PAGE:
A Magazine of the League of Southeastern Credit Unions

SIGNAL: Vol. 3, Issue 3

Upcoming 4th Quarter Learning Opportunities Download the complete 2012 LSCU Events Calendar at October 2012 2 HR Danger Zones: What You Need to Know to Stay Out of Trouble 3 Computer Security for All Staff 3 Fall LSCU Council Meeting St. Augustine, FL 9 LSCU Collections Conference Birmingham, AL 10 LSCU Bankruptcy Conference Birmingham, AL 10 Conducting the 2012 ACH Audit 11 Completing the New SAR Line-by-Line: Crimes, People & Narratives 15-16 Philosophy in Action Workshop Lake Mary, FL 17 Beyond ALLL Doubt: Methodology & Policy Development in Uncertain Times 17-18 LSCU IRA Essentials & Advanced Training Miami, FL 18 LSCU BSA Training Workshop Muscle Shoals, AL 23 Lending Series: Advanced Underwriting Skills for Consumer Loans 24 Working with Troubled Members: Loan Extensions, Deferments, Re-Aging, Refinancing & Incentives 30 Frontline Series: Business Accounts: Who is Authorized to Open, Close, Transact?

November 2012 7 Director Series: The Board’s Role with the Loan Committee 7-9 LSCU Leadership Development Conference Point Clear, AL 8 Top 10 IRA Issues: Compliance, Minimum Distributions, Reporting & Year-End Issues 13 Completing the New CTR Line-by-Line: People, Businesses & Fiduciaries 14 10 Steps to Increased Loan Growth 15 Vendor Due Diligence & Effective Vendor Management Programs 27 Debit Card Error Resolution & Regulation E Investigations 28 Legal Update - Loans: 2012 in Review 29 Required Compliance Series: Robbery Preparedness for All Staff December 2012 4 Escrow Account Compliance 5 Opening Trust Accounts: Documentation, Authority, Liability 6 The Last Frontier: Risks & Opportunities for Business Loans 11 Unfair, Deceptive & Abusive Practices: Is Your Credit Union at Risk? 12 Legal Update - Deposit Operations: 2012 in Review 13 Credit Union Business Documents: Email & ESI Retention/ Destruction Policies & Procedures 18 Regulation E Alert: New Requirements for Consumer Foreign Remittance Transfers 19 Bankruptcy Today: Reporting, Proof of Claims & Identifying Fraud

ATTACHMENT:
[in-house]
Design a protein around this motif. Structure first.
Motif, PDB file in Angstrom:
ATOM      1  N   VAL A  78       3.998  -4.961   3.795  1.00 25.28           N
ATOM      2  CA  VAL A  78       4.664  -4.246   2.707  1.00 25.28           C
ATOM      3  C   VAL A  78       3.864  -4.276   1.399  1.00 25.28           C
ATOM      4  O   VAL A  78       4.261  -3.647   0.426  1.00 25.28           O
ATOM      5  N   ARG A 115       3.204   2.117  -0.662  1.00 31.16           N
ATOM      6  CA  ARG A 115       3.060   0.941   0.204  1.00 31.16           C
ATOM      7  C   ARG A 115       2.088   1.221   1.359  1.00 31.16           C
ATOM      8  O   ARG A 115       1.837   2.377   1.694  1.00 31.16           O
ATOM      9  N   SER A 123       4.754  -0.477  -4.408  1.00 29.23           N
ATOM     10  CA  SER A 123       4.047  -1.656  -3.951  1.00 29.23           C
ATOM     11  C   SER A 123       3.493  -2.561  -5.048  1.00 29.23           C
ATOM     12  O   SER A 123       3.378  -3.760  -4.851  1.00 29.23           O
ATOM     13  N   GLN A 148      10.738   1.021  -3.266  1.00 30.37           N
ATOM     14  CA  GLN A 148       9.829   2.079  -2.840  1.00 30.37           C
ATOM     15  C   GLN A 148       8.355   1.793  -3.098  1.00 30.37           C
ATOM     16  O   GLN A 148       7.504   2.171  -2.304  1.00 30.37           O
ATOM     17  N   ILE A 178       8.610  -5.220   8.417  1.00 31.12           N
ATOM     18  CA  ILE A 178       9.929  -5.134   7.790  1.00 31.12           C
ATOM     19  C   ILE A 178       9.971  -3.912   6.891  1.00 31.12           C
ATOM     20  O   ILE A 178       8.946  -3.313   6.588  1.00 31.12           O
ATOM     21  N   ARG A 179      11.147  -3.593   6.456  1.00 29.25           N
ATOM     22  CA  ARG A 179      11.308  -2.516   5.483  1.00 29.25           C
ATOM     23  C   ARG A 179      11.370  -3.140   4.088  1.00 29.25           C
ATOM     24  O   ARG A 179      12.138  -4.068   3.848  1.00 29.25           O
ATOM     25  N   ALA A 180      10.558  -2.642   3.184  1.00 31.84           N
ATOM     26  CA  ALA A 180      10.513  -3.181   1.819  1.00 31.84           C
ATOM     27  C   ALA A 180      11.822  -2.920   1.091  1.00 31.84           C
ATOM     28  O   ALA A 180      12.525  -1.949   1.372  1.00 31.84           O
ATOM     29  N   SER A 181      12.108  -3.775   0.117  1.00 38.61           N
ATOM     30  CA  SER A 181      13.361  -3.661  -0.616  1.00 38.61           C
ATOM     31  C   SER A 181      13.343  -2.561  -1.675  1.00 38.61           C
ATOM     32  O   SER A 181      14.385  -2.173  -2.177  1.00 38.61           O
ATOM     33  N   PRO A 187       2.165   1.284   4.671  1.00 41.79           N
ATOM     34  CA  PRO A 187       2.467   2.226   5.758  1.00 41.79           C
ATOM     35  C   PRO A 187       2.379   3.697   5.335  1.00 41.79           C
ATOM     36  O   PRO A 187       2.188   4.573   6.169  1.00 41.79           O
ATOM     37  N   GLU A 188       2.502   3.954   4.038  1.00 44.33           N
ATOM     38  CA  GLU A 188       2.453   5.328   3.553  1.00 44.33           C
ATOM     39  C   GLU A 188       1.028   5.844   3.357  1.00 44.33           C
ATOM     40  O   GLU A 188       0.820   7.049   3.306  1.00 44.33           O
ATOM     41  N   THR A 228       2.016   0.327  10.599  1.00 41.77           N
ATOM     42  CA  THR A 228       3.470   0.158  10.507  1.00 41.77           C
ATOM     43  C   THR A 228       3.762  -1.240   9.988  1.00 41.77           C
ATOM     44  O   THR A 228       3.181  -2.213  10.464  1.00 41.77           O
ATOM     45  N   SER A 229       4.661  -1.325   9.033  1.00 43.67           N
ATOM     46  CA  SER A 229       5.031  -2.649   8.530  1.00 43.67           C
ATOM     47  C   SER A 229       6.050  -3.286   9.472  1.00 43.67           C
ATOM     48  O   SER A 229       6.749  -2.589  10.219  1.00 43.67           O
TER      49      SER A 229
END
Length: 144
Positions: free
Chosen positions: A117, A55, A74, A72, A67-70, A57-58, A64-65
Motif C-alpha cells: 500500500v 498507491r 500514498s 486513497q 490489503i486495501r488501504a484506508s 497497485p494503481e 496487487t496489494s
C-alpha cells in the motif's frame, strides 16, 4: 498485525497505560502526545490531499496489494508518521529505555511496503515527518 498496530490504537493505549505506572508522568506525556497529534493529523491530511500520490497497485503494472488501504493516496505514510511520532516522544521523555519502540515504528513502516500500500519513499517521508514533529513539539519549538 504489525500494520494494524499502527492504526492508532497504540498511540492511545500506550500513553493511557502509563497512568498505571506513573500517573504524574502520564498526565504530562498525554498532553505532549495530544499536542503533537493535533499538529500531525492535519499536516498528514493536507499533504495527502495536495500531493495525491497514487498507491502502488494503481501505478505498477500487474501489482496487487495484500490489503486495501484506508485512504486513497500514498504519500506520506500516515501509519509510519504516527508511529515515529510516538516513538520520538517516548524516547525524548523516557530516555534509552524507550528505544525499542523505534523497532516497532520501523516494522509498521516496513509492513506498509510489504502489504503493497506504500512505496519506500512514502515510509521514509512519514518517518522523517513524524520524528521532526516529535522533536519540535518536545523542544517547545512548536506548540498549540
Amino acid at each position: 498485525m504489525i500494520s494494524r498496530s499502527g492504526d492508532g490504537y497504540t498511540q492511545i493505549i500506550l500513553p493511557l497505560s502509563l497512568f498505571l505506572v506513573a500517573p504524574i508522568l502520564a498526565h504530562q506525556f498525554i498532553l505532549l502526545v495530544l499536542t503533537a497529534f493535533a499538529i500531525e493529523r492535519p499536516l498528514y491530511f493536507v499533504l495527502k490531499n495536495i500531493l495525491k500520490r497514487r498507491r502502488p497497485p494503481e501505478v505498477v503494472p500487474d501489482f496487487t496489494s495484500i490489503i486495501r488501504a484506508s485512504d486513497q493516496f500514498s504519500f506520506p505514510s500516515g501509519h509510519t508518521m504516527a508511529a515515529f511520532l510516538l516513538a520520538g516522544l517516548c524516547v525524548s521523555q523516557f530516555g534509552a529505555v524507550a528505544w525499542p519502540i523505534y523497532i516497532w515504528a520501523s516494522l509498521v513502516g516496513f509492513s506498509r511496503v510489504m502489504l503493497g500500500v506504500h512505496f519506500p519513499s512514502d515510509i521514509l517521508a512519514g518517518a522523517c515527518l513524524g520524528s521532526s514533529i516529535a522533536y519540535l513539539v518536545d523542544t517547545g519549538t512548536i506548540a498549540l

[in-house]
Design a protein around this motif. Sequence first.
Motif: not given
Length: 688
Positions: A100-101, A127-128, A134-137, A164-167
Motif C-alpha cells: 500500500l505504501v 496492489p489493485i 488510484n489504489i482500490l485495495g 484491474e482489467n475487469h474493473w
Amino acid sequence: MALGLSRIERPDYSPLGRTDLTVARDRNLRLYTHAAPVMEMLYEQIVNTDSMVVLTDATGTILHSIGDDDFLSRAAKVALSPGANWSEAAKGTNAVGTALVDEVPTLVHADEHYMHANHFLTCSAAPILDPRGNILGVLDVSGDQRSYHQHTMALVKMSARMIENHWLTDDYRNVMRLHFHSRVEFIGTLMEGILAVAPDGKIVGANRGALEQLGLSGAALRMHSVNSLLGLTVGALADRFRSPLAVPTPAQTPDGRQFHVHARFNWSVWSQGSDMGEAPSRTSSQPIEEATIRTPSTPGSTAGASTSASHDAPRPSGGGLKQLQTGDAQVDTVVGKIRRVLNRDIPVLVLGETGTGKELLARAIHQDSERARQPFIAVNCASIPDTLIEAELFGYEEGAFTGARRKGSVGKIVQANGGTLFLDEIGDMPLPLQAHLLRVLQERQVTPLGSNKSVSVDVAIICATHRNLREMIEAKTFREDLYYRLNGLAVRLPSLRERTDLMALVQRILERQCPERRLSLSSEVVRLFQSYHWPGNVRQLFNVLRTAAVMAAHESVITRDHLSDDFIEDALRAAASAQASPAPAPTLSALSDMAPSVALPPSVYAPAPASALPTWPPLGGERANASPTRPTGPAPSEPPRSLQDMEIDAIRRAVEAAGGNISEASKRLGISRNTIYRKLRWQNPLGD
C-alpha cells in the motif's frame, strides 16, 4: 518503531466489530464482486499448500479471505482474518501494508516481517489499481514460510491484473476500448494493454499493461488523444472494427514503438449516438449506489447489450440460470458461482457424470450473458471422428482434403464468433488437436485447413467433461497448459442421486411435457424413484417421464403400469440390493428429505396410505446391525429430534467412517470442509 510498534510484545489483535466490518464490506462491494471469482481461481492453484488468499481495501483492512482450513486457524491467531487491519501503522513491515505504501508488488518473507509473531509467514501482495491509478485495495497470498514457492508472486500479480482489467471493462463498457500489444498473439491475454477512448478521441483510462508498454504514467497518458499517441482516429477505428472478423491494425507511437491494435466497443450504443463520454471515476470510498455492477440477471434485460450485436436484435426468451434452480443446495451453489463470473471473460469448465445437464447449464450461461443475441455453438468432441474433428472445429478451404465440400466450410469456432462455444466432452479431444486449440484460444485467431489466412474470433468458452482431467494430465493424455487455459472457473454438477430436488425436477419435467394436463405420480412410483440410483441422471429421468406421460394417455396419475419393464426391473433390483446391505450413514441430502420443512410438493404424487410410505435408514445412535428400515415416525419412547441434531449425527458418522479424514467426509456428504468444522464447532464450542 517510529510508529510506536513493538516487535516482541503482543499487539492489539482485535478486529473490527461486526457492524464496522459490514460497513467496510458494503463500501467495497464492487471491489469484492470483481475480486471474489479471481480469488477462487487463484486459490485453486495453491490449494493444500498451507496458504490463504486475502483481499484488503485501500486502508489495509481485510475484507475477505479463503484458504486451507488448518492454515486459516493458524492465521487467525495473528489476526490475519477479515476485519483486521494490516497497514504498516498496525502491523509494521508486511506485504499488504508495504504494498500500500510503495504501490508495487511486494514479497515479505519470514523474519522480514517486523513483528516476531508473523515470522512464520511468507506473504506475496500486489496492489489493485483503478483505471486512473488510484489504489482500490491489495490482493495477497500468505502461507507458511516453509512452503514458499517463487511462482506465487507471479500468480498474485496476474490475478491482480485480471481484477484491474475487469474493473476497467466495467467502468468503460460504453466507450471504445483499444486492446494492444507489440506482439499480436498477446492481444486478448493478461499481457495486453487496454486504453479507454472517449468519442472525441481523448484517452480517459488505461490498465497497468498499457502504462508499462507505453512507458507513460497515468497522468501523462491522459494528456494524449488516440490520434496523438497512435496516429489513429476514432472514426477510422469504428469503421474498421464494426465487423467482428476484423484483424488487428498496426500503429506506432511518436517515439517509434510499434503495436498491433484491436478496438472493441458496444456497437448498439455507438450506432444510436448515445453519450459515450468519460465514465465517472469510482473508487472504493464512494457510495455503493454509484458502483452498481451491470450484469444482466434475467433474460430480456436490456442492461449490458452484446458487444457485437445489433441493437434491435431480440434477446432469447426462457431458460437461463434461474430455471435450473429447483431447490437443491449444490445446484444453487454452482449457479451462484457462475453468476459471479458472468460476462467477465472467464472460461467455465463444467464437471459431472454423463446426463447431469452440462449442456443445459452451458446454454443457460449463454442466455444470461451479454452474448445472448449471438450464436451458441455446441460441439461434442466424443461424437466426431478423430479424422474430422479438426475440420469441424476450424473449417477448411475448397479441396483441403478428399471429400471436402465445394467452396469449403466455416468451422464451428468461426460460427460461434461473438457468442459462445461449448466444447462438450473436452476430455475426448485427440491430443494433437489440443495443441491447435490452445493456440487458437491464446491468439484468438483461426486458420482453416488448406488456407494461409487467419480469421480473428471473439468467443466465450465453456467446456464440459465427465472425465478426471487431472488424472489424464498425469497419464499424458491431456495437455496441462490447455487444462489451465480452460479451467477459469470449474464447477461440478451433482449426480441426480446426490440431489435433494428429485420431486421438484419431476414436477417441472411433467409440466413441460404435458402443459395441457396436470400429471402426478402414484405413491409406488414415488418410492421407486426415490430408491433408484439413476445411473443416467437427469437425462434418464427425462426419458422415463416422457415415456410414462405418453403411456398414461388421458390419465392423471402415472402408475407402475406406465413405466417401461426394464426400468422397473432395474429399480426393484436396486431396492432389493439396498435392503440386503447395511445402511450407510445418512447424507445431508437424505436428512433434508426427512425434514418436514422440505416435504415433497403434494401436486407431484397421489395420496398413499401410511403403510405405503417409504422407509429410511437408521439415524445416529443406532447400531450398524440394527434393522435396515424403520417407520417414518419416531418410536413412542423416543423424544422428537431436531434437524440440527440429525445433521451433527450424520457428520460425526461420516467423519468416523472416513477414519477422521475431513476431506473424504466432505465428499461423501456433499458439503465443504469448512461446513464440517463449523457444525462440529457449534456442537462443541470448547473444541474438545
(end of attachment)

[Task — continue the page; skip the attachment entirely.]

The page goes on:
*Bolded listings denote workshops and conferences. Non-bolded listings denote webinars.

2012 Leadership Development Conference

November 7-10, 2012 | Point Clear, AL |


Why Facebook Is Quickly Becoming the Credit Union Tool of Choice Joseph Davis, communications coordinator, Communications, LSCU Liked


Credit unions should be utilizing Facebook to connect and engage membership Photos

What if credit unions had a tool that altered the traditional methods of doing business? What if something came along that changed the way credit unions interacted with membership? It has. For many businesses-big or small-the use of digital tools has created a groundswell of ingenuity around making business better and more successful. For the better part of a decade, digital media has rapidly closed the distance between business and consumer. Specifically, social media has become the driving force behind sentiment, buying decisions, and influence. Social media is commonly referred to as a medium that connects users through channels in a digital space. Right now-and for the last nine years or so-Facebook has been king of the social media landscape. According to Facebook Inc., the social network titan currently has 955 million active users – not to mention 137 million unique visitors in the U.S. per month. Imagine the influence more than 900 million people have. Why is this important for credit unions? Well, now credit unions have access to users in their target market and friends of those users who may be potential credit union members. There isn’t a better time for credit unions to leverage a social network that is not only free, but the most popular social networking tool for marketing on the web with a 92-percent marketer preference (Source: 30

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SIGNAL: Vol. 3, Issue 3